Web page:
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Rejected ∵ grad school didn't receive all my recommendations

  1. Feb 1, 2013 #1
    Has anyone here heard of such a thing as being immediately rejected from a grad school just because admissions didn't receive all the letters of recommendation? This just happened to me. They didn't even notify me; prior to this they lost my unofficial transcript, but they actually did notify me to resend it to them, which they ended up not needing because they found the first one I sent! They didn't even ask for more contact info for my recommenders than their email addresses. (I heard in the old days, an undergrad adviser would just recommend his student to another adviser over the phone! What's happened since then‽)

    I've been reapplying yearly for about four years now to third-rate physics graduate programs, but have kept getting rejected: 14 schools in total, 100% rejection rate.

    I am in very close personal contact with a professor on the admissions committee at the latest school I've applied to because I wanted to purse a PhD thesis with him, and he helped me make my application very good and proofread my personal statement, etc., but because of this annoying letters of recommendation issue, I've been ipso facto rejected! (He's the only one who's told me I've been rejected because of the letters of recommendation issue.) I've taken grad level classes already; I teach high school physics; and I've published a first-author paper, so I certainly seemed qualified.

    There seems to be something quite wrong and far too impersonal and mechanized about the grad admissions process. Noam Chomsky thinks there's a selective weeding process in grad admissions, filtering out students who don't conform. Perhaps that's my problem; I want to pursue my own PhD thesis and ideas, and maybe that's the real reason for all my grad school rejections? I'm too much of a risk for the schools because I want to pursue my own ideas?
     
  2. jcsd
  3. Feb 1, 2013 #2

    Vanadium 50

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    Yes, if your "packet" is incomplete, many places do not consider you.

    Also, I suspect your problem is not that you "want to pursue my own ideas". It's that you've dropped out of graduate school three times before.
     
  4. Feb 1, 2013 #3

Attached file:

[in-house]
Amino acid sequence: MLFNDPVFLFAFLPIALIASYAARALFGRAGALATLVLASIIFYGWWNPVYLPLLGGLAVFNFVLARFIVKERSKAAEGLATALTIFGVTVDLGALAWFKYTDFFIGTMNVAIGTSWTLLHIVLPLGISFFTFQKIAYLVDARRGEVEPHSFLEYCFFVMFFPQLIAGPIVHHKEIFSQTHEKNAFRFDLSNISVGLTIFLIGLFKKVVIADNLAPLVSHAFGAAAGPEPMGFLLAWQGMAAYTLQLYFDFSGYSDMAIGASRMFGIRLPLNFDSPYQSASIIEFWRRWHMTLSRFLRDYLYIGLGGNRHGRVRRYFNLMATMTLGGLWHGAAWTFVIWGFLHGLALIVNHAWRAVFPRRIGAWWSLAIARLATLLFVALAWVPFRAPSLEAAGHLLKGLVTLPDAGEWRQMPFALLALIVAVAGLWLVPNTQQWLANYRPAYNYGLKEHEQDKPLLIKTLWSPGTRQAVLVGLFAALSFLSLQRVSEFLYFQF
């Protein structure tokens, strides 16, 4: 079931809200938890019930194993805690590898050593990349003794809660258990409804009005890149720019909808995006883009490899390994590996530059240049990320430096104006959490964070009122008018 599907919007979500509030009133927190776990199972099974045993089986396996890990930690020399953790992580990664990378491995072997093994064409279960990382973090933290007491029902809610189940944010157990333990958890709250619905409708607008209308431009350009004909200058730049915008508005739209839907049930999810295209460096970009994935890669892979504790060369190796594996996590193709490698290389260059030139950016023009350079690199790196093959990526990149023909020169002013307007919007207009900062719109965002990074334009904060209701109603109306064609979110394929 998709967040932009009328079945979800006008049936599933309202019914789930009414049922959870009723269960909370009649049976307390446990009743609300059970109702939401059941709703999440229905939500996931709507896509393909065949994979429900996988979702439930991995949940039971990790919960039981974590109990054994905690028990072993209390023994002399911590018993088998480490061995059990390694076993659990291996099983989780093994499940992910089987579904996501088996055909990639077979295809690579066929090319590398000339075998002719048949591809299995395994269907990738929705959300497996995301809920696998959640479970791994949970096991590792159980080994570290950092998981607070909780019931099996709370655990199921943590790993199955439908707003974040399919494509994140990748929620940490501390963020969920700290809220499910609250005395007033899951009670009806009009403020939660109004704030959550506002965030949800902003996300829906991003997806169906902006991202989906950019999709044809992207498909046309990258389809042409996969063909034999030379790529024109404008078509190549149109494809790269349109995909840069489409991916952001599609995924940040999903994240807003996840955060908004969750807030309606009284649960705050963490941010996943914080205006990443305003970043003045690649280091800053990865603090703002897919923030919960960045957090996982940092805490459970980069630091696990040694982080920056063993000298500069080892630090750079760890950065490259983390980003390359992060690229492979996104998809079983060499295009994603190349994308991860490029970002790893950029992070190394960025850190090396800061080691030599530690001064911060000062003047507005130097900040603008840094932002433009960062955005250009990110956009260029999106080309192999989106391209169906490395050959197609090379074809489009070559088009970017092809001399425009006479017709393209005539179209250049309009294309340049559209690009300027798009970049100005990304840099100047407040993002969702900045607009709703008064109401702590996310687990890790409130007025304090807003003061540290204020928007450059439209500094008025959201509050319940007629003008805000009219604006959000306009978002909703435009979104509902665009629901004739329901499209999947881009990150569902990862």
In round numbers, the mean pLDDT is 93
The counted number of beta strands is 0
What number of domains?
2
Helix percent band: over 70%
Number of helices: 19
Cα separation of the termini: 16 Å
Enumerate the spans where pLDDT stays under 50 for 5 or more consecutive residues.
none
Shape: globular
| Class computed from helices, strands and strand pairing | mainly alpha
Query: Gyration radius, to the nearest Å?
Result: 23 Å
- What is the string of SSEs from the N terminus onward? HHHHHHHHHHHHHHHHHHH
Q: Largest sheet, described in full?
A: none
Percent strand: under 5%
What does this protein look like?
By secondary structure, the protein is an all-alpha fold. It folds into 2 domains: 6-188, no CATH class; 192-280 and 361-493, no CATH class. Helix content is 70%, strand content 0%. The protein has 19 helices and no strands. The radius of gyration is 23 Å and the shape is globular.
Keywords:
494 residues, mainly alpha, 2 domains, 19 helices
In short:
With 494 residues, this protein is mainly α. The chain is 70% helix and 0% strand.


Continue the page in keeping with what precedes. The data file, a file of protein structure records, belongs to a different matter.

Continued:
Choppy

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    On the specifics:
    I would talk to your referees and find out if in fact they sent in the letters of reference. If you can provide the university with some kind of evidence that they were in fact sent, then you may have something to pursue. Sometimes even if it's a case of the referee sending in a reference letter late, that will be overlooked once you talk to someone.

    Also just be sure, you did actually get your referees to send in reference letters didn't you? Just providing the contact information for the referees does not constitute a reference.

    On the general...
    Yes the process in impersonal, but I don't think that necessarily constitues a bias against non-conformists. Because of the sheer volume of applicants and the need for at most schools as well as fairness in the process there needs to be some mechanical aspects fo the admissions process:
    - you need to provide the school with certain information
    - you need to demonstrate that you've met certain minimum standards with respect to GPA and external examinations
    - you need to provide multiple independent assessments of your potential to succeed.

    If you can't do that (or can't be bothered to do that), even if you're credentials are all great it introduces the practical question of how the heck you'd ever be able to organize a committee meeting, or submit a thesis.

    Further, universities tend to be rather liberal environments from my experience. They encourage out-of-the-box thinking, so I wouldn't think that's a problem - particularly if you already have a professor that you've discussed a project with an who is on board with it.

    Instead I might consider issues like GPA or GRE scores. Or the fact that you're labelling these schools as "third rate." Imagine, for example you ask out a girl or guy who you call third rate. Just because she or he isn't the most attractive person doesn't mean that she or he is more likely to go out with you.
     
  5. Feb 1, 2013 #4
    So who is going to pay for you to pursue your own ideas? What's in it for them?
     
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